Pope Francis’s public address:
"Georgia, a bridge between civilizations"

After arriving at Tbilisi Shota Rustaveli International Airport, Pope Francis went to the President’s Palace in the heart of capital Tbilisi. Photo by President of Georgia’s Press Office.
Agenda.ge, 30 Sep 2016 - 18:39, Tbilisi,Georgia

Pope Francis, who is on his first visit to Georgia, has publicly addressed the Georgian people from the Presidential palace in capital Tbilisi with the country’s President Giorgi Margvelashvili.

Take a look at the details of this historical visit via the online map project by Agenda.ge, click Explore. 

Standing at the entrance of the President’s residence in Avlabari, Pope Francis said he was honoured to visit Georgia.

Speaking softly in Italian, the Pope talked about Georgia’s long history and of its ties with the Catholic Church; he stressed the Catholic Church shared in the both the joys and concerns of the Georgian people and was committed to contributing to "the well-being and peace of the nation” through active cooperation with authorities and civil society.

I thank God for enabling me to visit this blessed country. Your centuries-old history with your culture, language, tradition and values will grant you a worthy place in European civilization,” said the Pope,

Without specifically mentioning Russia’s occupation of two Georgian regions, the Pope stressed peace was urgent in today’s troubled world and could only be achieved if there was mutual respect for the sovereign rights of every nation.

Georgia's President, Patriarch, Parliament Speaker, Tbilisi Mayor, state officials and public greeted Pope Francis at Tbilisi Shota Rustaveli International Airport. Photo by the President of Georgia's Press Office.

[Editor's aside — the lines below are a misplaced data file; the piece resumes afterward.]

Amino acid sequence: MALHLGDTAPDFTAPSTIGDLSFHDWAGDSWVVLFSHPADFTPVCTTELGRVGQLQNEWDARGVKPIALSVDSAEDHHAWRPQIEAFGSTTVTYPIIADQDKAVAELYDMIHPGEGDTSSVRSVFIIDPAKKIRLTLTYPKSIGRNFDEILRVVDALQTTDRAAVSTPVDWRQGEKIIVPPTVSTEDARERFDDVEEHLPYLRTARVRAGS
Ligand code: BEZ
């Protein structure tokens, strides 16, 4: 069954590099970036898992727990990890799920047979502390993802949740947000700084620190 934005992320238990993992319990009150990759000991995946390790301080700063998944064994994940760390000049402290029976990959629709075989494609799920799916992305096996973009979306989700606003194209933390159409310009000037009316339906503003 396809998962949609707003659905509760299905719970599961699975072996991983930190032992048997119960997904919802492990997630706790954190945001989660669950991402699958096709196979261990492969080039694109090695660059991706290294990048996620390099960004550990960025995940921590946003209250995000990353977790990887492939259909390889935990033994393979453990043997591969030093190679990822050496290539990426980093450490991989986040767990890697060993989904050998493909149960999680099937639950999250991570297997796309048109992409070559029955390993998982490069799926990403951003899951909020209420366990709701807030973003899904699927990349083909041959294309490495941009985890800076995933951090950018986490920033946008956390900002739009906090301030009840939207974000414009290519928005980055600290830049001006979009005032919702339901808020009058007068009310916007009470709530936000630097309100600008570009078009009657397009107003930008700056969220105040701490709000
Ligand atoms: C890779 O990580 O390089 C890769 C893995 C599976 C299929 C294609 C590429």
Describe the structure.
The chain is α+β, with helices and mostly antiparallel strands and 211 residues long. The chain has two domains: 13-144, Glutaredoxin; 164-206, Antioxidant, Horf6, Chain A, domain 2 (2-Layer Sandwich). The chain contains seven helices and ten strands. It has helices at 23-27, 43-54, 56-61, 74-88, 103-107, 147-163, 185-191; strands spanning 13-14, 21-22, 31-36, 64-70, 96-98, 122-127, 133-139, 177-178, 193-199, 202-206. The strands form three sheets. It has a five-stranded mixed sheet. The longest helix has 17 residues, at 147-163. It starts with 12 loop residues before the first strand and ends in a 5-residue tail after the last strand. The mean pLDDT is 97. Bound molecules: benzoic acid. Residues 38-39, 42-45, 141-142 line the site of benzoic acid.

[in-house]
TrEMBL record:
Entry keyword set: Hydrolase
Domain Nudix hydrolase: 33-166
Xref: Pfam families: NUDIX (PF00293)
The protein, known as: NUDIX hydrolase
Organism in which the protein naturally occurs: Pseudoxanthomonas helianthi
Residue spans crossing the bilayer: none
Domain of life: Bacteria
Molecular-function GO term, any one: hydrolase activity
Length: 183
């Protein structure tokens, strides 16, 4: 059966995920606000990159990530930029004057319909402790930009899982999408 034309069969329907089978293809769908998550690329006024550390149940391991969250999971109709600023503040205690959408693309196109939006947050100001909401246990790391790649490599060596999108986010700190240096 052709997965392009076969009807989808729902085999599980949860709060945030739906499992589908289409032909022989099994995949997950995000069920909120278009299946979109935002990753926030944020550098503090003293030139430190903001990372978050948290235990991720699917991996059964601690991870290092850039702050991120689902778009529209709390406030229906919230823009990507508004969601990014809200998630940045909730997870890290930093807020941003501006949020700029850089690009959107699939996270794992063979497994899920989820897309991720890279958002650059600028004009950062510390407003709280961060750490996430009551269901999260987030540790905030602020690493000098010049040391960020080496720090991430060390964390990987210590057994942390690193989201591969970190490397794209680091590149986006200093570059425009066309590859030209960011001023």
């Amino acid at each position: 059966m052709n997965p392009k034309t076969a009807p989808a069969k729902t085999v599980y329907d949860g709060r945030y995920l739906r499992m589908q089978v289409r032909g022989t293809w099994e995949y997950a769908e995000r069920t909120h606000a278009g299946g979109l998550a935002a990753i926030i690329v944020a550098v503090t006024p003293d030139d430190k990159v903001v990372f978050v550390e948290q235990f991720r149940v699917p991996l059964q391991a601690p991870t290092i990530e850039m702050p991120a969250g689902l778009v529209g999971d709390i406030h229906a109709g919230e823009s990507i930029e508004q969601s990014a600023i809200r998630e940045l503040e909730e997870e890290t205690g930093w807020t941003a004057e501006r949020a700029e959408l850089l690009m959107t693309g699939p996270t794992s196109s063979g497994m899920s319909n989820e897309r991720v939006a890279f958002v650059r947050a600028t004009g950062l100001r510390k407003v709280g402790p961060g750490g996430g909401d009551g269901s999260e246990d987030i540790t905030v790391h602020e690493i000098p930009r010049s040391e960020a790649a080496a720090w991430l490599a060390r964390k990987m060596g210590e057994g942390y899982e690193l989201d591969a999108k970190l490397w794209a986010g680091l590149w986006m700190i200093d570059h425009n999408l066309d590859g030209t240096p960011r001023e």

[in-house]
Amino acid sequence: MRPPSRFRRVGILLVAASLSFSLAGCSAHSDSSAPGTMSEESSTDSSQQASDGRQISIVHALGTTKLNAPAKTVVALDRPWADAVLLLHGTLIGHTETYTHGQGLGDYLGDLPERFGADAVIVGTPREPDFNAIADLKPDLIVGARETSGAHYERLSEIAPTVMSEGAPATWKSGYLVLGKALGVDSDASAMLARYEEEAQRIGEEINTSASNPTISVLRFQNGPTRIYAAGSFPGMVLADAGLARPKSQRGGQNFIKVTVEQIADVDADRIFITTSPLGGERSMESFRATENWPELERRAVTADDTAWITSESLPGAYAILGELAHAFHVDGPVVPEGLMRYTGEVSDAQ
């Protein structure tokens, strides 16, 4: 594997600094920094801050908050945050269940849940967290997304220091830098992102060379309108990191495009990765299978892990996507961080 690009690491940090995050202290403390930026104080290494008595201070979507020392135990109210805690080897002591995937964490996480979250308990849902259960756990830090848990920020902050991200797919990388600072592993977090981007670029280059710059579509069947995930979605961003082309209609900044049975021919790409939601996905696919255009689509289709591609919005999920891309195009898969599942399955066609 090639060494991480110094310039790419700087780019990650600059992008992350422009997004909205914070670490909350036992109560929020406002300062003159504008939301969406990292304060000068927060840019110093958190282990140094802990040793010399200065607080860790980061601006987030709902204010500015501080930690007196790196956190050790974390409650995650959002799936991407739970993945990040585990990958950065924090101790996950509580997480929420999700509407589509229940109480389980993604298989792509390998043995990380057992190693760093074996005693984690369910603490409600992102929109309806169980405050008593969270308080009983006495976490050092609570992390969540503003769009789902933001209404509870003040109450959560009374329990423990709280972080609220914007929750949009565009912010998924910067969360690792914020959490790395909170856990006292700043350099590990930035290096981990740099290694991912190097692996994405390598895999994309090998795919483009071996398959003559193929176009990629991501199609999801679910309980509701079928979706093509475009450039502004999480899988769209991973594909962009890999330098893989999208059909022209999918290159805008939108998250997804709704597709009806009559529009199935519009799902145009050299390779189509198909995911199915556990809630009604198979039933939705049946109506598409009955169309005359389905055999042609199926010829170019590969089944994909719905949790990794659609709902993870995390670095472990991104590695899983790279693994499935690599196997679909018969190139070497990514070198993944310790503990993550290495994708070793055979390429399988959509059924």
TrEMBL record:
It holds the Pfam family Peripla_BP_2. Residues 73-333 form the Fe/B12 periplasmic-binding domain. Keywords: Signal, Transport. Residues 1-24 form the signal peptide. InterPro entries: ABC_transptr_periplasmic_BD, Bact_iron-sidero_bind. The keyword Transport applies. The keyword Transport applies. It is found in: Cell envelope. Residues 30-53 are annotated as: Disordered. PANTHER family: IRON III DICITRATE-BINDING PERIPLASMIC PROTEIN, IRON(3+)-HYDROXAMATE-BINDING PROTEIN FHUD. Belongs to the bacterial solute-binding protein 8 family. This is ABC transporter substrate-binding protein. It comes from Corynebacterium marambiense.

He noted since Georgia regained independence from the Soviet Union 25 years ago, the country had "built and strengthened its democratic institutions” and this was a result of "great sacrifice”.

He insisted peaceful coexistence among all people was the only way forward, and noted Georgia’s geographic location, served as a natural bridge between Europe and Asia that facilitated communication and relations between people.

Watch the video of the meeting at Georgia's Presidential Palace and the join address of the Pope Francis and the President of Georgia Giorgi Margvelashvili below:

Pope Francis voiced his hope that Georgia’s ongoing path of peace and development would continue, and said this was only possible if all sectors of society made a commitment to fostering stability and respect for the rule of law. This would promote growth and greater opportunities for all, he said.

President Margvelashvili highlights Georgia-Vatican ties

Georgia’s President publically thanked Pope Francis for coming to Georgia, and Georgia’s Catholics Patriarch Ilia II "who supported and blessed the historic visit”.

President Giorgi Margvelashvili said this visit – the second high level visit from the Vatican after Pope John Paul II visited Tbilisi in 1999- indicated the "special relations” between Georgia and the Vatican City.